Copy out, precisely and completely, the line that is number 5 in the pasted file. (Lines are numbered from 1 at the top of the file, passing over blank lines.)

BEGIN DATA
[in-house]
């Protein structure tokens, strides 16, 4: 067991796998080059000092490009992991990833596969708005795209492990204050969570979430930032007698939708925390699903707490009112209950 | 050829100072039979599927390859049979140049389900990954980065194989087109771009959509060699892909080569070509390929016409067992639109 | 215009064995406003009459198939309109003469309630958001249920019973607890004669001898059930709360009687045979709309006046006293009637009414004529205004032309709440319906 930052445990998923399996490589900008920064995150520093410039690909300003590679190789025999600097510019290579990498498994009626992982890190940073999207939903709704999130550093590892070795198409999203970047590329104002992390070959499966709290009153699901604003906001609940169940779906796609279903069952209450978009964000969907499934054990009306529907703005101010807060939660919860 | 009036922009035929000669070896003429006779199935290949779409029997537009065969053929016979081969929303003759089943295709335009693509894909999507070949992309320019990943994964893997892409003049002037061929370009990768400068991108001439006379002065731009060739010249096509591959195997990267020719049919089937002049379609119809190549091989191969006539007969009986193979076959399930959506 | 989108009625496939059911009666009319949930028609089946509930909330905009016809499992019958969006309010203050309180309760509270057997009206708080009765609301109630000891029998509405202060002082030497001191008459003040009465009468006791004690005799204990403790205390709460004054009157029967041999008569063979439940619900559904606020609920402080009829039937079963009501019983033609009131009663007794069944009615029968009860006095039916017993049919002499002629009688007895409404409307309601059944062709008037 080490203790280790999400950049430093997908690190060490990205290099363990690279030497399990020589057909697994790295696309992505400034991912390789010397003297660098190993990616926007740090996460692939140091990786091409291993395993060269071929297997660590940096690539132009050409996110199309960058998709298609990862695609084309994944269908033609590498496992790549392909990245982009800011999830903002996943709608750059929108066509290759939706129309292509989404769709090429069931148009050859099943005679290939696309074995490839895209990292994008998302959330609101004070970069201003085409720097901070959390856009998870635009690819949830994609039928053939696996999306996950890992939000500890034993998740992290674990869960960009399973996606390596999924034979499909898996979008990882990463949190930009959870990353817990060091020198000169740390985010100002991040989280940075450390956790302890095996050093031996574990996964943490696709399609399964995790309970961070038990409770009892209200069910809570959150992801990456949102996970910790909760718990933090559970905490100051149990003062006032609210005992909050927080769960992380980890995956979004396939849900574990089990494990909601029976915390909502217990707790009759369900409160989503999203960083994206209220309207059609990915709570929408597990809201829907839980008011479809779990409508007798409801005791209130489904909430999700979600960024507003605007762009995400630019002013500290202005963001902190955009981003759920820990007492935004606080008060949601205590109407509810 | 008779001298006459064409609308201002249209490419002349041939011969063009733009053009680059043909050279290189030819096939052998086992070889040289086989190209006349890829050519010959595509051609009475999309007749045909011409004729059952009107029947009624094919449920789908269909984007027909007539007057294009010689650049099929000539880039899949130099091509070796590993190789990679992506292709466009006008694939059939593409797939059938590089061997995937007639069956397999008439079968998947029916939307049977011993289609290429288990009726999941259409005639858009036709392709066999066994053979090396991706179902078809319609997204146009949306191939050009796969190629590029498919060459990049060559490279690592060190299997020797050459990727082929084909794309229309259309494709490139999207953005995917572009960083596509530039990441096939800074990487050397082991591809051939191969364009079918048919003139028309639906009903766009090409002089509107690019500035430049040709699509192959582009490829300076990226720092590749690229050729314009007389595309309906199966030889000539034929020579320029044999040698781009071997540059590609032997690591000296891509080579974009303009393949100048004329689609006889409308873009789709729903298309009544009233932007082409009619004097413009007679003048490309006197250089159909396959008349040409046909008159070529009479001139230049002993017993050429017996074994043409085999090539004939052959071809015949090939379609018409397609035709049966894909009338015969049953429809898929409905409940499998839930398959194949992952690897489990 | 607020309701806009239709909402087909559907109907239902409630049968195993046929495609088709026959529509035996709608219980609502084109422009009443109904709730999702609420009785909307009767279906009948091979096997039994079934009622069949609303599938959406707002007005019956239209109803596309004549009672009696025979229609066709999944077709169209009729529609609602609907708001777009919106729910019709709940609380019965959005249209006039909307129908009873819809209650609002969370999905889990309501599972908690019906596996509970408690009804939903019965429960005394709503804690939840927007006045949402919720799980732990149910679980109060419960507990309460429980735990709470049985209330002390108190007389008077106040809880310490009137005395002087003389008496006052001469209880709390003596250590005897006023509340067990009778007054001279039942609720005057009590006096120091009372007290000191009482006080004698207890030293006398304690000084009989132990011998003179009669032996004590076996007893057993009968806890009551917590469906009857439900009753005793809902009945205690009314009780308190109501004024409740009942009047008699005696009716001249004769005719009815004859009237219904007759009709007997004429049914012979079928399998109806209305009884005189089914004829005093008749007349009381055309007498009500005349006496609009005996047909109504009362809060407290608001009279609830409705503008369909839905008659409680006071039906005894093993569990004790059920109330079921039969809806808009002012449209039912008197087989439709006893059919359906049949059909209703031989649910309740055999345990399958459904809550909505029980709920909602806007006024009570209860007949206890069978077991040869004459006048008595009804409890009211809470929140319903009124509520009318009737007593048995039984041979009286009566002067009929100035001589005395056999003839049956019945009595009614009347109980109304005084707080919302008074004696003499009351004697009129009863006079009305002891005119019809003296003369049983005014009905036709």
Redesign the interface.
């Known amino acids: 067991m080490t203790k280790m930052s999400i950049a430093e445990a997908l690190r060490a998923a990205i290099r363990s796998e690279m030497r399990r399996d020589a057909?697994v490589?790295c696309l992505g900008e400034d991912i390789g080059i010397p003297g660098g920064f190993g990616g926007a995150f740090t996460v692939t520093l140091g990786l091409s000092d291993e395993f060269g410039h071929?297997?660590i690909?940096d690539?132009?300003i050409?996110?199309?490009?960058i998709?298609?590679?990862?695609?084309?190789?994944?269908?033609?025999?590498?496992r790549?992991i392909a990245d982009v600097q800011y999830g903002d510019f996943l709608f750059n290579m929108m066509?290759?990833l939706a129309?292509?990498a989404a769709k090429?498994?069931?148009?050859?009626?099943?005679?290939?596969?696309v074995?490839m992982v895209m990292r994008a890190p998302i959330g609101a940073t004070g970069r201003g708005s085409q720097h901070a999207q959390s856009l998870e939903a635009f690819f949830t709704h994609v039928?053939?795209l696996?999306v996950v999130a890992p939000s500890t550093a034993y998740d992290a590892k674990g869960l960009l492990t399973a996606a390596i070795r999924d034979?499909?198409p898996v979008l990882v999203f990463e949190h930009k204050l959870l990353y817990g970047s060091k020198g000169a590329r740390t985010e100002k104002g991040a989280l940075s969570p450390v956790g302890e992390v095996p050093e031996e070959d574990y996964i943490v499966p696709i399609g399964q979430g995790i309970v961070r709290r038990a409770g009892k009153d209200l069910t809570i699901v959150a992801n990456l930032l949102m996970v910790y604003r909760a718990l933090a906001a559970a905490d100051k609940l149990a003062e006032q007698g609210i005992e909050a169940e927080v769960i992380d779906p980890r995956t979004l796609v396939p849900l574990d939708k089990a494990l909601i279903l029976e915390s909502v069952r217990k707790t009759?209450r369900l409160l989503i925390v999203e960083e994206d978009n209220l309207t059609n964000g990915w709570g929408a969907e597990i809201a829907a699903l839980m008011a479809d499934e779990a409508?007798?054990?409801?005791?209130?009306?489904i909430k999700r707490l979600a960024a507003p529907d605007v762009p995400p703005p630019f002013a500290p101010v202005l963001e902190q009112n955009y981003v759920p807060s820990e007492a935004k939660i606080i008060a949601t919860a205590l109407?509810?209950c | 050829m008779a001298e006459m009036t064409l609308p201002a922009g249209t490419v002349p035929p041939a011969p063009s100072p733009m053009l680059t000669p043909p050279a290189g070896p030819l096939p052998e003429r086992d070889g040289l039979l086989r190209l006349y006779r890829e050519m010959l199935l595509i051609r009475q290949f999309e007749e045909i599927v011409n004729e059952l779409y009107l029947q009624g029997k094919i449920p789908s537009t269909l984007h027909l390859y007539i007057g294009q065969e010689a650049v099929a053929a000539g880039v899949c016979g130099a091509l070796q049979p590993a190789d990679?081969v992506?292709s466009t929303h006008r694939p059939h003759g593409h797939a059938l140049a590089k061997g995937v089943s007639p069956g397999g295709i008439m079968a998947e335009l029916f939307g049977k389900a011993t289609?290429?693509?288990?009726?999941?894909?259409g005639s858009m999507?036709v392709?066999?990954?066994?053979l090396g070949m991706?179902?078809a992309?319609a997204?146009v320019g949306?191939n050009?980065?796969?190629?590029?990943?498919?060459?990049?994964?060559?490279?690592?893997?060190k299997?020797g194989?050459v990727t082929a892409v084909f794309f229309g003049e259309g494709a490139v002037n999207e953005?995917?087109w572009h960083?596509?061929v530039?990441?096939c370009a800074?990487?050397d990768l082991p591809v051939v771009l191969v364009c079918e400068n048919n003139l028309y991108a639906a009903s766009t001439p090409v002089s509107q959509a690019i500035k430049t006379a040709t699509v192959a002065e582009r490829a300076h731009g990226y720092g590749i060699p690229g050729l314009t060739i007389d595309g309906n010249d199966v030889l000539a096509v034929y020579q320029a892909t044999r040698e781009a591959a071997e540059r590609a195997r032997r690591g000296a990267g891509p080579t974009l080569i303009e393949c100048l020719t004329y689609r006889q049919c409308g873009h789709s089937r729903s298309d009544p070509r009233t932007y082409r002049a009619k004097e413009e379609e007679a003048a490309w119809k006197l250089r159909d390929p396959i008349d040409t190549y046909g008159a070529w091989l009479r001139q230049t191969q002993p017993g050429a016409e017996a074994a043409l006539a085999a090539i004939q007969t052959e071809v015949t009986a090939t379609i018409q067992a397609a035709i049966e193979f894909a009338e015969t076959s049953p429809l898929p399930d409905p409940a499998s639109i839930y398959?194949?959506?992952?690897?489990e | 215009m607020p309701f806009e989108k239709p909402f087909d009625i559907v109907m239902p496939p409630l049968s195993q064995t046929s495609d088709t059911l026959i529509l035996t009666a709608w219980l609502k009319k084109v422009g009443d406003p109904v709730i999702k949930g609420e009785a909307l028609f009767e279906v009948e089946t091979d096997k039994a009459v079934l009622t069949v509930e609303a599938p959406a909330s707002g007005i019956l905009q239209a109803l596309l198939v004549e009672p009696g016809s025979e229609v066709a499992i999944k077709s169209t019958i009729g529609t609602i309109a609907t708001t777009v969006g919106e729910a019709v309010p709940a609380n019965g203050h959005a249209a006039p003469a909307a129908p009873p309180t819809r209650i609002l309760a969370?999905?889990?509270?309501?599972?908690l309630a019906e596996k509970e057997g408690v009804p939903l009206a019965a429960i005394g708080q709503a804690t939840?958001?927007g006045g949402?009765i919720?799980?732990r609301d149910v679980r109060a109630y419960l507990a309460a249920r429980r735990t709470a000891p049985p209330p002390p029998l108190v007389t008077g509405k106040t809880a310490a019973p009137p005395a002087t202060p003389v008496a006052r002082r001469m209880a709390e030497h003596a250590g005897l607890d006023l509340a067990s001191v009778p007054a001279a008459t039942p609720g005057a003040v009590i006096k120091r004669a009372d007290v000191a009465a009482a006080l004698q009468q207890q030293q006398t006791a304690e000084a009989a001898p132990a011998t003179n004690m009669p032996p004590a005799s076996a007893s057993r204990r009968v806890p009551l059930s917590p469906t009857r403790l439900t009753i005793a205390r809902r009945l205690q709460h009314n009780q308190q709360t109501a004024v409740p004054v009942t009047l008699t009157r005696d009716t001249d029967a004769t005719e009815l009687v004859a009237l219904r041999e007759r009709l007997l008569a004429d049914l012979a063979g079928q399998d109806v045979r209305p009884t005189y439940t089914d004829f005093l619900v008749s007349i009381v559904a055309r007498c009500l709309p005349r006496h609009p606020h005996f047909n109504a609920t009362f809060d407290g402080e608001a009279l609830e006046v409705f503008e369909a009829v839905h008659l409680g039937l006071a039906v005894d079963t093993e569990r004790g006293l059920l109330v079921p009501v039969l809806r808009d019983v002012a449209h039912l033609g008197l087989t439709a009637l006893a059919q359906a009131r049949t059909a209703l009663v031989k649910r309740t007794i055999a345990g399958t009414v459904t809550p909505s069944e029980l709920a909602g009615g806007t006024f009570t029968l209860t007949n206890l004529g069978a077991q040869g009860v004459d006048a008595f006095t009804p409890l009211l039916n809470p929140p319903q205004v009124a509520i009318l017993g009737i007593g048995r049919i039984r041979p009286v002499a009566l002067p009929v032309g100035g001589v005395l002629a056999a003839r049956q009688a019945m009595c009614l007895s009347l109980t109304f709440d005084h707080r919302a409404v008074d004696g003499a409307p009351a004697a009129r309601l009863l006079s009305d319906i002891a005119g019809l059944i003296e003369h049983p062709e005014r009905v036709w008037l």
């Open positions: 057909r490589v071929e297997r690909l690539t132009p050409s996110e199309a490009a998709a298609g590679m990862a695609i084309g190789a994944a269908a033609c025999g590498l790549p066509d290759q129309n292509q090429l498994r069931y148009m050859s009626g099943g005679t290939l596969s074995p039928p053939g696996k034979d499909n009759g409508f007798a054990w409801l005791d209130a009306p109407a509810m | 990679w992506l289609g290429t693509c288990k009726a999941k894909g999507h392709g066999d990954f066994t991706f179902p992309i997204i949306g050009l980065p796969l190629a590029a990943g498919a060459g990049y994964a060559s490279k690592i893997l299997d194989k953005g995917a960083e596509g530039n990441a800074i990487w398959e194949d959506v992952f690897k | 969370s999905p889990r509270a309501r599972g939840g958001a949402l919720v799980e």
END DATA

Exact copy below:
């Open positions: 057909r490589v071929e297997r690909l690539t132009p050409s996110e199309a490009a998709a298609g590679m990862a695609i084309g190789a994944a269908a033609c025999g590498l790549p066509d290759q129309n292509q090429l498994r069931y148009m050859s009626g099943g005679t290939l596969s074995p039928p053939g696996k034979d499909n009759g409508f007798a054990w409801l005791d209130a009306p109407a509810m | 990679w992506l289609g290429t693509c288990k009726a999941k894909g999507h392709g066999d990954f066994t991706f179902p992309i997204i949306g050009l980065p796969l190629a590029a990943g498919a060459g990049y994964a060559s490279k690592i893997l299997d194989k953005g995917a960083e596509g530039n990441a800074i990487w398959e194949d959506v992952f690897k | 969370s999905p889990r509270a309501r599972g939840g958001a949402l919720v799980e």